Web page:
On an individual level, it's hard to even differentiate Robert Bowers from the likes of Steven Paddock. Sure, Bowers is racist and anti-Semitic, but this is just a variation on the theme of the deranged lone gunman. If one steps back and looks at the furor in the stands at Donald Trump's rallies or at the violence in Charlottesville last year, however, it becomes impossible to miss this creeping trend, conservatism fading in the rearview as our society pushes ever rightward. But why?
If an individual suicide is an escape from life, an assertion that death is preferable to the anguish of everyday existence, then fascism, the societal suicide, must be an escape of the same order. At this point, it's clear that our sprint towards authoritarianism comes from our society's collective yearning for stakes, for meaning. There's no great existential threat, so we look to our leaders to manufacture one. But fascism is European. Its great figures have been dead for nearly a century. It's foreign, an anachronism. It doesn't make sense until one considers our present infatuation with nostalgia. Not nostalgia as feeling but as concept, as aesthetic. American neo-fascism is the point at which nostalgia for stakes and loss of context converge. Today's fascist is one who rifles through an ephemeral past, one he never really experienced, searching for an enemy that he's not only ill-equipped to assess, but that doesn't exist in any meaningful sense.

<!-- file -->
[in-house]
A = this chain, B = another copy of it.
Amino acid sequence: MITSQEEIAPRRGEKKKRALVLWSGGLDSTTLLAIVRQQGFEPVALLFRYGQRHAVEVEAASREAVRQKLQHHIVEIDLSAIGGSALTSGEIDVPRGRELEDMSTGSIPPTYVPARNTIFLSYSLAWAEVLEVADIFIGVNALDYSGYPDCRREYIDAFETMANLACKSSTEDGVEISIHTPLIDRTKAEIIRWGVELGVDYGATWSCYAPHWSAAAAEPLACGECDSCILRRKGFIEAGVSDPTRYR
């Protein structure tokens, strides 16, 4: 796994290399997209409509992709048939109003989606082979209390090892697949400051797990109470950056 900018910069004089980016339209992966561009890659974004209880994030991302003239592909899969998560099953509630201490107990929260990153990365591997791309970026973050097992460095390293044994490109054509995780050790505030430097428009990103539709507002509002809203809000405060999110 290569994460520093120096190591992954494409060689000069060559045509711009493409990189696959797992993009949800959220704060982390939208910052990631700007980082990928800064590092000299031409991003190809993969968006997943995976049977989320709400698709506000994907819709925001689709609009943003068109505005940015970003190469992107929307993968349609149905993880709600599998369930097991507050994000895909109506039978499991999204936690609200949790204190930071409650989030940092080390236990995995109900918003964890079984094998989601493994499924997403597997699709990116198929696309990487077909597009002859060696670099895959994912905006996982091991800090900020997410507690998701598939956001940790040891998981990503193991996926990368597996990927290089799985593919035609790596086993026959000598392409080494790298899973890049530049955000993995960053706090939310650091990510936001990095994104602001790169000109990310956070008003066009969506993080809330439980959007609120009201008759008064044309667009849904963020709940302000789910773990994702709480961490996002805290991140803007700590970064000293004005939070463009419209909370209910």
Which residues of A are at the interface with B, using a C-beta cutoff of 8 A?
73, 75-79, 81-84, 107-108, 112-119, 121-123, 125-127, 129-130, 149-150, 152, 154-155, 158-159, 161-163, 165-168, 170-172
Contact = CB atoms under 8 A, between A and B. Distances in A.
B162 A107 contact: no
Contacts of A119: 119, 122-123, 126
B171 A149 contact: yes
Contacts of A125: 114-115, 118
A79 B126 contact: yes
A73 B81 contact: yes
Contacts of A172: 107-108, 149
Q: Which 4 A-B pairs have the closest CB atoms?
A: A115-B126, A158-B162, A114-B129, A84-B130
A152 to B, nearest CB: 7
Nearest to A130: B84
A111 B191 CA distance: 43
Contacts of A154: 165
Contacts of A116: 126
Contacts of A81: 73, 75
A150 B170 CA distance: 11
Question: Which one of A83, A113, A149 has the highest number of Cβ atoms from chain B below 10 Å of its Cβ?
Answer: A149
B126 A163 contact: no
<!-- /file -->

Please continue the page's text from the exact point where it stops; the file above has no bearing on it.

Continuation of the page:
For those who feel disenfranchised by the end of history (or late capitalism or neoliberalism, whichever buzzword one assigns it), the options are limited. For reasonable people, it's a choice between participating in society or being forced to its margins. The neo-fascist avoids both options entirely, shirking nihilism and resignation. Instead, he dives head first into the shallow pool of contextless nostalgia, attempting to plumb the depths of history without realizing he's splashing around in a puddle. It's a frenetic and palsied search for a transgressive idea with which to define his world and by extension, himself. Robert Bowers is insane, yes. But the massacre he committed is simply a fringe response to a mainstream problem.
Donald Trump and the Fascist Urge